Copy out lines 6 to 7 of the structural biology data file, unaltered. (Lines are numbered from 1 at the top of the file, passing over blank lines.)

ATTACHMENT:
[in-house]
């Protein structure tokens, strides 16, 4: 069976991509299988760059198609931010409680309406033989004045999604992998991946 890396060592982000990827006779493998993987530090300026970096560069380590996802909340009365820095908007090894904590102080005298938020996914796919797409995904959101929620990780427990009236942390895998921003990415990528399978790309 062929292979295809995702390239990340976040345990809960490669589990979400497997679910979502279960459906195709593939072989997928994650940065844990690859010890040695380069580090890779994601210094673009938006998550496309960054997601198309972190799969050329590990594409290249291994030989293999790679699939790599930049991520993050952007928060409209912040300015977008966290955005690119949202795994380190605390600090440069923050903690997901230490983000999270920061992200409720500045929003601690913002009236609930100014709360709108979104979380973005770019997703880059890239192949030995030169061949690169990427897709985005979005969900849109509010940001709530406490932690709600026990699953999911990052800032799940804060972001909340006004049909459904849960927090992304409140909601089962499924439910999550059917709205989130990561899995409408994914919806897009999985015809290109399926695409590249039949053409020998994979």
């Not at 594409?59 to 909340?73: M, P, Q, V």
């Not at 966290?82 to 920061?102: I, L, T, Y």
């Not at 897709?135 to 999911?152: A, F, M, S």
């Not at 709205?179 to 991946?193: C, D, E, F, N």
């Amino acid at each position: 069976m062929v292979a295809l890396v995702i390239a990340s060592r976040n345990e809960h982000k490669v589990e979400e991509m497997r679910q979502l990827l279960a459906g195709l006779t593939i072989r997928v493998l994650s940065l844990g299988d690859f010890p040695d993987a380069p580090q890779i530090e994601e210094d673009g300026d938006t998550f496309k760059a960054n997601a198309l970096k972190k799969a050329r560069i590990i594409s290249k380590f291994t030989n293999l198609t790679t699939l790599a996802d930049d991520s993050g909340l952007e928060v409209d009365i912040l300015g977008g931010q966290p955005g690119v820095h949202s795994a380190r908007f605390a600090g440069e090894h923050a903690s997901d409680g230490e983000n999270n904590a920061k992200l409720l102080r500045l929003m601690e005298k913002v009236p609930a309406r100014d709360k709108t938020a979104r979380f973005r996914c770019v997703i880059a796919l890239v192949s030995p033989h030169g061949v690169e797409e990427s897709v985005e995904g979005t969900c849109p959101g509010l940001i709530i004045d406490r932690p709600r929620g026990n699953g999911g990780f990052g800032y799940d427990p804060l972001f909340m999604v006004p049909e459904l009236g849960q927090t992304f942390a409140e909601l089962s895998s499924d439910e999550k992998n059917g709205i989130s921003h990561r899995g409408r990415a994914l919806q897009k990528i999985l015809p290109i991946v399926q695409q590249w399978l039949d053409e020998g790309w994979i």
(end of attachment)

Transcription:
């Not at 709205?179 to 991946?193: C, D, E, F, N």
């Amino acid at each position: 069976m062929v292979a295809l890396v995702i390239a990340s060592r976040n345990e809960h982000k490669v589990e979400e991509m497997r679910q979502l990827l279960a459906g195709l006779t593939i072989r997928v493998l994650s940065l844990g299988d690859f010890p040695d993987a380069p580090q890779i530090e994601e210094d673009g300026d938006t998550f496309k760059a960054n997601a198309l970096k972190k799969a050329r560069i590990i594409s290249k380590f291994t030989n293999l198609t790679t699939l790599a996802d930049d991520s993050g909340l952007e928060v409209d009365i912040l300015g977008g931010q966290p955005g690119v820095h949202s795994a380190r908007f605390a600090g440069e090894h923050a903690s997901d409680g230490e983000n999270n904590a920061k992200l409720l102080r500045l929003m601690e005298k913002v009236p609930a309406r100014d709360k709108t938020a979104r979380f973005r996914c770019v997703i880059a796919l890239v192949s030995p033989h030169g061949v690169e797409e990427s897709v985005e995904g979005t969900c849109p959101g509010l940001i709530i004045d406490r932690p709600r929620g026990n699953g999911g990780f990052g800032y799940d427990p804060l972001f909340m999604v006004p049909e459904l009236g849960q927090t992304f942390a409140e909601l089962s895998s499924d439910e999550k992998n059917g709205i989130s921003h990561r899995g409408r990415a994914l919806q897009k990528i999985l015809p290109i991946v399926q695409q590249w399978l039949d053409e020998g790309w994979i």